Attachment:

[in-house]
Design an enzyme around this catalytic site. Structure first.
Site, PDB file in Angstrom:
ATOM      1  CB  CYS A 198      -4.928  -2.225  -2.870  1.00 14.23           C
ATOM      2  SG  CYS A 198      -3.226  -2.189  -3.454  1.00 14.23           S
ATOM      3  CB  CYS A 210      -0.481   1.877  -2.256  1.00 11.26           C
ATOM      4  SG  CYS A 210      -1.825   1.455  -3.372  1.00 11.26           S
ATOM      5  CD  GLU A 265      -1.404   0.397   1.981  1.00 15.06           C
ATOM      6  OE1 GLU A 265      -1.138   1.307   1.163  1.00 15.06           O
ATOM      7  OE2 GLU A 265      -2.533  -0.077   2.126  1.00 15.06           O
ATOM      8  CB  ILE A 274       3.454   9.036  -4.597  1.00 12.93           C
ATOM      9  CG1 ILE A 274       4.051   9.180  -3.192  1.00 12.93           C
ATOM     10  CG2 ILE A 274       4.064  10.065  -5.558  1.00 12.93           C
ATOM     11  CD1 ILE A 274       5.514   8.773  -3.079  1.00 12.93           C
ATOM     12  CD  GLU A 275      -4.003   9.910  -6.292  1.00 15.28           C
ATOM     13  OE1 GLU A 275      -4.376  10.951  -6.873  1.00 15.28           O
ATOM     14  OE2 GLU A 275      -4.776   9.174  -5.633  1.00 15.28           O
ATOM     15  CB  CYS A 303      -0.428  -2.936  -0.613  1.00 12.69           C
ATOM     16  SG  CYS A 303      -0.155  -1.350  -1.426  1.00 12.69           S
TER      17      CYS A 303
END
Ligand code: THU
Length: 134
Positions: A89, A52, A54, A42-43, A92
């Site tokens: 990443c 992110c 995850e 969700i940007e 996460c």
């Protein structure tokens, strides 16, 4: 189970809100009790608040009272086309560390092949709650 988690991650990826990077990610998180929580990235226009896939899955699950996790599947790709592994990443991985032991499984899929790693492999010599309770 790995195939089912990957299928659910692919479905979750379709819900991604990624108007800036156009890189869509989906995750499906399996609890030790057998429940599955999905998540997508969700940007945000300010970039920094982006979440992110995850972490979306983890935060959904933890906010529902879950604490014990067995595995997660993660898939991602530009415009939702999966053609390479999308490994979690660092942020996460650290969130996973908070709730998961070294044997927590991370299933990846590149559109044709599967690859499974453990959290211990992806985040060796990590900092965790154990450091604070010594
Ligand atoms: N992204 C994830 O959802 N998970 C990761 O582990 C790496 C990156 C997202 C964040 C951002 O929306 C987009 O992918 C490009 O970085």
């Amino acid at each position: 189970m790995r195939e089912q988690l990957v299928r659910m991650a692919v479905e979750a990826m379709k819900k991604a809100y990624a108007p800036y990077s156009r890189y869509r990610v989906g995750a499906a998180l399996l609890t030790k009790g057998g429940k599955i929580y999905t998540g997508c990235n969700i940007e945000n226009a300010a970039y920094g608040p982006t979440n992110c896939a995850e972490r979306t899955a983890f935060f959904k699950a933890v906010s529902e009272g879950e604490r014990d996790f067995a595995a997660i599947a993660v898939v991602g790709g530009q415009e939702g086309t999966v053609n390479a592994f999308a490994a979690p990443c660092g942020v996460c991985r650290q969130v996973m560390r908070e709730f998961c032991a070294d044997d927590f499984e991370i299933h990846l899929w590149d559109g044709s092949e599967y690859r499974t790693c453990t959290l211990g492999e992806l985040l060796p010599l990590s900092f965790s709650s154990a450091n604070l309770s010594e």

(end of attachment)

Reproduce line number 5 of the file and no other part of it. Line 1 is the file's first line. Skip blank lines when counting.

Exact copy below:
ATOM      2  SG  CYS A 198      -3.226  -2.189  -3.454  1.00 14.23           S